GSMA expresses concern over spectrum renewal hold-up in Ecuador

GSMA expresses concern over spectrum renewal hold-up in Ecuador

Recent spectrum-related events in Ecuador appear to have worried the GSMA, the global association gathering the world’s biggest mobile operators. It has claimed that the ongoing suspension of spectrum renewals puts key investments at risk for the future of the country.

In May this year Ecuadorian regulator Arcotel decided to call off for 120 days the negotiations for spectrum renewals with operators Telefónica, whose license expires in November, and América Móvil, whose license runs out in August. 

The BNamericas news service reports that one of the sticking points has been the valuations of spectrum. However, Arcotel argues there are other factors, notably a “comprehensive” valuation of the concessions. These, it says, include other "essential elements" such as quality of services, technology, the investments to be made and their deadlines, social benefits, the expansion of geographic coverage and technology for national security.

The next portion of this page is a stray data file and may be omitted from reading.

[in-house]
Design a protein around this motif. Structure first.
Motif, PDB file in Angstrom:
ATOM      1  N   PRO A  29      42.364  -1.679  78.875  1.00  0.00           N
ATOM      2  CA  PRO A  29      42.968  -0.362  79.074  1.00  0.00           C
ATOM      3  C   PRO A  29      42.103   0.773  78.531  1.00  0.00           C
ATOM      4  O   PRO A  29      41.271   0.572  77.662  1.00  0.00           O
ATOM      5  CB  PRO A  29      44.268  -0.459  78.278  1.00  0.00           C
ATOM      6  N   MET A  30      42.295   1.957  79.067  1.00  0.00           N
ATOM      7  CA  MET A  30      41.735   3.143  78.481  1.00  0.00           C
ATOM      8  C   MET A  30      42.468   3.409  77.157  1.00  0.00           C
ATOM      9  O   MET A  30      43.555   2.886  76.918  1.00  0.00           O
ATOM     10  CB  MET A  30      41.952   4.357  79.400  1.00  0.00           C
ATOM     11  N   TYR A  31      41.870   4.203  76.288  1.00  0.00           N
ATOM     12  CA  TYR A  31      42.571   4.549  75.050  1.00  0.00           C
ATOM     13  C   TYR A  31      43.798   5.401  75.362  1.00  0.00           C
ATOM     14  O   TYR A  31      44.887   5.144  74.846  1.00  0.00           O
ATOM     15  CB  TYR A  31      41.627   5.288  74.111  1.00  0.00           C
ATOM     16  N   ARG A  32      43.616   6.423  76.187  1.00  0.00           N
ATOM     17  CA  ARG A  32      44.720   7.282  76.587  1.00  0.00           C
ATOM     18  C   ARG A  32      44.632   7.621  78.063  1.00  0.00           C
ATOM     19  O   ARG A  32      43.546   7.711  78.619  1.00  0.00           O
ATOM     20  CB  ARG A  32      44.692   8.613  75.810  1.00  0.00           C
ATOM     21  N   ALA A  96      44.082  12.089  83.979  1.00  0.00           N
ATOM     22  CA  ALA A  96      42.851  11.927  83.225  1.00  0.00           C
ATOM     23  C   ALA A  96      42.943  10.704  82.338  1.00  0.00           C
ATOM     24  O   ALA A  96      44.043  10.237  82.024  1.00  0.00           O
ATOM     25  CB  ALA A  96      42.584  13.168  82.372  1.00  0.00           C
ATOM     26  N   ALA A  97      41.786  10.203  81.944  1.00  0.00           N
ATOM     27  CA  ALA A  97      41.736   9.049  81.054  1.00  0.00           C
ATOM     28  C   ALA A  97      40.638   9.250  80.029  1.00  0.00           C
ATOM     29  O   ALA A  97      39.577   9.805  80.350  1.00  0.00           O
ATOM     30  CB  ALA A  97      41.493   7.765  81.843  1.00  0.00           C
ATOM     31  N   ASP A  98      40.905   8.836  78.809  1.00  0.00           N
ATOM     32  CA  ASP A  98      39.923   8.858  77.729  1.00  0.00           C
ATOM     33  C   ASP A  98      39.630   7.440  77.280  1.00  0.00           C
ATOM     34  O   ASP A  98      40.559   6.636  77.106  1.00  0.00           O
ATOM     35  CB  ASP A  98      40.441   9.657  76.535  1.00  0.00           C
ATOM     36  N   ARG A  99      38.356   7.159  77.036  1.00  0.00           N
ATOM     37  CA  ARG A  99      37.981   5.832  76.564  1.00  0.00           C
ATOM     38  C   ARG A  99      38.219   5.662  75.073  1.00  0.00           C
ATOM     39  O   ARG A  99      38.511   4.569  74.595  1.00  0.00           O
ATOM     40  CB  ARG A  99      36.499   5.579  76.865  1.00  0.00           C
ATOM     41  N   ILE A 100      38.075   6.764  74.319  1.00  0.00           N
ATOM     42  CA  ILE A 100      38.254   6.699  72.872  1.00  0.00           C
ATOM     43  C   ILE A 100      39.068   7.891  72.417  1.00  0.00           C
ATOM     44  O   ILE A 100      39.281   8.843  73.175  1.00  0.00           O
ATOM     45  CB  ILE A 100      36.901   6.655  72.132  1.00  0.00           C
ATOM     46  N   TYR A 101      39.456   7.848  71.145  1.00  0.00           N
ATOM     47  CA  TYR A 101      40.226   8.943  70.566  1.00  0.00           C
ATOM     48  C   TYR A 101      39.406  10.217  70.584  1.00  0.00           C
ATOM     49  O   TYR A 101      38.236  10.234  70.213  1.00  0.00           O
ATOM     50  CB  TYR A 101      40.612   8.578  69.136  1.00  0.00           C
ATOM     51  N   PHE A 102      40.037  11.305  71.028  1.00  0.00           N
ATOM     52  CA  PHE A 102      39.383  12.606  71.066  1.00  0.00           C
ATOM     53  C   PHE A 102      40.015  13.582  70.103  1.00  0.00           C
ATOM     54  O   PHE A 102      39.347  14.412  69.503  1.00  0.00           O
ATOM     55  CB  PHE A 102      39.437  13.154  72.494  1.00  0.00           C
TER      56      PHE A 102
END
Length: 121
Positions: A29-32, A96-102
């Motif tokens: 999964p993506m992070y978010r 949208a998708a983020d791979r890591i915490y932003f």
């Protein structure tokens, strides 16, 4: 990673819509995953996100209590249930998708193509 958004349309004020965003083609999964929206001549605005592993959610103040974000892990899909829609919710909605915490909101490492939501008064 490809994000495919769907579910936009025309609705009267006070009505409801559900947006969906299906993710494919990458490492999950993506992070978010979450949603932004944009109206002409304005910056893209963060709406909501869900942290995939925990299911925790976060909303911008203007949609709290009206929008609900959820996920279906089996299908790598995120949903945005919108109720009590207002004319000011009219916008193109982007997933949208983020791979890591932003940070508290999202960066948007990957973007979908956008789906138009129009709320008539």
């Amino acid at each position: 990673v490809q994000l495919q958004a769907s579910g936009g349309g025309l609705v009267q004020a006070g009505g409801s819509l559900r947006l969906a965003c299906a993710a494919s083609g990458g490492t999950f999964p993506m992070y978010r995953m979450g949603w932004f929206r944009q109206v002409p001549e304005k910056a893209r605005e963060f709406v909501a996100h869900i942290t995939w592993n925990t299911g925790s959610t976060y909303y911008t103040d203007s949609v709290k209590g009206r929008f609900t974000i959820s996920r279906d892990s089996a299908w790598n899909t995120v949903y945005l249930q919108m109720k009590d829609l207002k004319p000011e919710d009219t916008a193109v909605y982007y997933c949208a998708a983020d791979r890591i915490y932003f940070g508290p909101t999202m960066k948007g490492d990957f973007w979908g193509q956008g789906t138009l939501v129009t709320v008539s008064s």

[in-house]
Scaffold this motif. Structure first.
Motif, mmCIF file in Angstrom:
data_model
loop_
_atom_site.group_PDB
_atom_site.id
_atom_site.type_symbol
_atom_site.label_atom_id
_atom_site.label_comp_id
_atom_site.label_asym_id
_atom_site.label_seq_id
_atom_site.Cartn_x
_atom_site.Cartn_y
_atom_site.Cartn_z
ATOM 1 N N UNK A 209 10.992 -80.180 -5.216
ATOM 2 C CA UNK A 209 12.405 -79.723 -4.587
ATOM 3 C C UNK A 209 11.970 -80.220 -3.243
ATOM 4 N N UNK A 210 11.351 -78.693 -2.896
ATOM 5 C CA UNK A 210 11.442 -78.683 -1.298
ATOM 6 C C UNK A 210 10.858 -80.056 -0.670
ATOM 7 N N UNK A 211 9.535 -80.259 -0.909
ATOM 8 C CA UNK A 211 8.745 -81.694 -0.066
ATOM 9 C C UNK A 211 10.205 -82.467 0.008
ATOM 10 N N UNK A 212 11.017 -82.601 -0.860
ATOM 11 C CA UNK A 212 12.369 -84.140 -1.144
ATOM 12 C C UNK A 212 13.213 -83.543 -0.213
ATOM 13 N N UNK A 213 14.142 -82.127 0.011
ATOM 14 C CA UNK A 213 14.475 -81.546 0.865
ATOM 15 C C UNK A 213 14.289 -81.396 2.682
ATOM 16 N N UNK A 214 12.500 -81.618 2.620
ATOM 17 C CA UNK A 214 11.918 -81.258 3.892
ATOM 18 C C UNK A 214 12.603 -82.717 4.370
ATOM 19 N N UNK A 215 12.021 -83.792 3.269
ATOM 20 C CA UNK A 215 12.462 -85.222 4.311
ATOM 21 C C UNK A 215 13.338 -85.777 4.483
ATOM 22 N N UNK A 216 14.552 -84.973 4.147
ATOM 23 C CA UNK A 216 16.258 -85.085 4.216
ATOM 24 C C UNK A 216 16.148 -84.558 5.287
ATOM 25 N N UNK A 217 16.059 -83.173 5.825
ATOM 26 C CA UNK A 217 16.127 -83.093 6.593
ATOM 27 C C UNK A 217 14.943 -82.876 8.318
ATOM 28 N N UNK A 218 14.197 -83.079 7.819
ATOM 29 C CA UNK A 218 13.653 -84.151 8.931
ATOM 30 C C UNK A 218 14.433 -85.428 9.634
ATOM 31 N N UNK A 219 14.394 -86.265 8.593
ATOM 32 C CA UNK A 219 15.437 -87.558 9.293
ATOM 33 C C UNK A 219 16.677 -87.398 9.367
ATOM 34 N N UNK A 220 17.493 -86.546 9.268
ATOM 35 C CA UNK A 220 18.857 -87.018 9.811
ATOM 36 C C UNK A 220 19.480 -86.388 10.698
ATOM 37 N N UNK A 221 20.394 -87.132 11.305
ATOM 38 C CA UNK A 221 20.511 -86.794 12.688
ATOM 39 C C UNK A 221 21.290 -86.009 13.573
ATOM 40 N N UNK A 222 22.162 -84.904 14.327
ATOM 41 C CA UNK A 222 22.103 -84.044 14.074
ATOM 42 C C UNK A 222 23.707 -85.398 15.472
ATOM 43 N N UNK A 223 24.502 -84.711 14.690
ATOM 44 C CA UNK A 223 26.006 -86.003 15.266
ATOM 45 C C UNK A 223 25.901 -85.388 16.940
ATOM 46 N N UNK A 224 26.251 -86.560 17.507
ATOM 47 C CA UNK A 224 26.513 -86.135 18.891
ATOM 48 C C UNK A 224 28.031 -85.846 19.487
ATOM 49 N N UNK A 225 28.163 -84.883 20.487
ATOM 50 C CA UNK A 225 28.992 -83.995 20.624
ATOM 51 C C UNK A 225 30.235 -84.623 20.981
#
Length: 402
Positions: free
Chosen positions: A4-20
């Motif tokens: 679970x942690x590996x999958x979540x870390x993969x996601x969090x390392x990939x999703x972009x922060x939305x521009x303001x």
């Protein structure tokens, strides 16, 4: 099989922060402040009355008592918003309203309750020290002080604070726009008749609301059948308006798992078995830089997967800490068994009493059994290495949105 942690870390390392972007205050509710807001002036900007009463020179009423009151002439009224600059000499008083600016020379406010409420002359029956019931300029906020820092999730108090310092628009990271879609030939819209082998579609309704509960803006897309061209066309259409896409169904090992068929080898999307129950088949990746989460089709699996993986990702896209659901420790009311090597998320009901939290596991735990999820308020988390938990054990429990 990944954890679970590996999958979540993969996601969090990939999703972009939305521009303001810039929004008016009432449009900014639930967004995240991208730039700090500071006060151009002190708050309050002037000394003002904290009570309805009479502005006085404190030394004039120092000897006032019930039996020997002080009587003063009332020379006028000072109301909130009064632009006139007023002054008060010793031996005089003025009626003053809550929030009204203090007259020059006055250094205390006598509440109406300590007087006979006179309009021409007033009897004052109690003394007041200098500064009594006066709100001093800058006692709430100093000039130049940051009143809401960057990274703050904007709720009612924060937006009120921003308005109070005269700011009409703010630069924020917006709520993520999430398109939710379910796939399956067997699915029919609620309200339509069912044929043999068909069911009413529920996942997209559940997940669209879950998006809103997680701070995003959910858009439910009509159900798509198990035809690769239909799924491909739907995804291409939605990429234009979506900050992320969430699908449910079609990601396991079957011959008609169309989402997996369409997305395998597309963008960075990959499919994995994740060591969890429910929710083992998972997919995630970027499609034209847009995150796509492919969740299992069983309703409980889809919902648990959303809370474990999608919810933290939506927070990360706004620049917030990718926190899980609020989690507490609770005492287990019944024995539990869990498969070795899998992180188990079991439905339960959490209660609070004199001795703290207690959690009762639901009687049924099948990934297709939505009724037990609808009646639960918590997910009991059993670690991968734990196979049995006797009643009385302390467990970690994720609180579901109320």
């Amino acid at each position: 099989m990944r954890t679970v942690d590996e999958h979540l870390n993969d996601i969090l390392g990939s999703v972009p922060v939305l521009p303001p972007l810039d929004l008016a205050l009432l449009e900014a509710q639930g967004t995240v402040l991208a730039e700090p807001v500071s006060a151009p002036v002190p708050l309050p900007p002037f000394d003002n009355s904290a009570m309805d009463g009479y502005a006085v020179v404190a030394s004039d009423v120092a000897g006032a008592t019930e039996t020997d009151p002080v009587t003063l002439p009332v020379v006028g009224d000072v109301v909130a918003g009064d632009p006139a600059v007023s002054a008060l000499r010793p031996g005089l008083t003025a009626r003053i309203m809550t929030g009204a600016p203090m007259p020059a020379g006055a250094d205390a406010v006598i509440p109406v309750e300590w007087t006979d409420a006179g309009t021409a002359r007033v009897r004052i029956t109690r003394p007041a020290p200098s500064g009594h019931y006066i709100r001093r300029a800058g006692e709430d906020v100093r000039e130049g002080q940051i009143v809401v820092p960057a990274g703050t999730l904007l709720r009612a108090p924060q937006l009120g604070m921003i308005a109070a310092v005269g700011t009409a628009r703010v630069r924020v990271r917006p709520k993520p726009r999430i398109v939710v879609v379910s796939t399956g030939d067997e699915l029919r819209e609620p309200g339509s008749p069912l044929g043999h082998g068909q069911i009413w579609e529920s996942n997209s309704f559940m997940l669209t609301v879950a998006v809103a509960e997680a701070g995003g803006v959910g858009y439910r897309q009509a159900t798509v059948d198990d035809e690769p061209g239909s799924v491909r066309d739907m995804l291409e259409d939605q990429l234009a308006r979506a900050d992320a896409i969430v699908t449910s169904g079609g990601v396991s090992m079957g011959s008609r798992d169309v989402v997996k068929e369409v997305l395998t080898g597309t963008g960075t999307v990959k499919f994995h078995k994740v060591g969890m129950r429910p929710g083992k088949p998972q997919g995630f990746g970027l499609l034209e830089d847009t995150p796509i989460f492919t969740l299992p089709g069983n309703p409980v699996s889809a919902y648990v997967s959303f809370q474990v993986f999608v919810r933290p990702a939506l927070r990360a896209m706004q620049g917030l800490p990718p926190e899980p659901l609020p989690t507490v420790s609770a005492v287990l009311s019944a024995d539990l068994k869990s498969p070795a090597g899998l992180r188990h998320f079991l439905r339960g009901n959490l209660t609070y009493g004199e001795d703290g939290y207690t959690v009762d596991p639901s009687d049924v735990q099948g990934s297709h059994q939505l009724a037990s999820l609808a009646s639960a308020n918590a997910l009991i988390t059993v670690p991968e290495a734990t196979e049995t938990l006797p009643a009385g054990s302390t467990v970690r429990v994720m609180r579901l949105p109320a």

Arcotel has insisted that mobile services in the country will not be interrupted or affected. The GSMA, however, is evidently concerned. It says the interruption of this process, for reasons not attributable to the operators, so close to the end of the concessions, and without recourse to the legal mechanisms that allow the continuity of the negotiation within of an extended term, is a cause of uncertainty and instability for the sector.

It adds that the measure jeopardizes the legal certainty and predictability necessary to guarantee the continuity of the intensive investments required by the Ecuadorian telecommunications market. It calls for ‘sustained public-private dialogue’ to mitigate the lack of certainty.

With 5G on the horizon the pending renewal is, says the GSMA, one of the most important milestones in the national telecommunications portfolio in recent years.

The GSMA has made itself available to the authorities “to help reactivate the negotiations and reach a timely resolution adjusted to the reality of the market”.

It’s not clear who, if anyone, is at fault for this hold-up but it’s certainly a very late stage to be completing such negotiations given that according to the GSMA, this process began two years ago. Formally, however, negotiations started in January this year. They were due to be concluded in early June.

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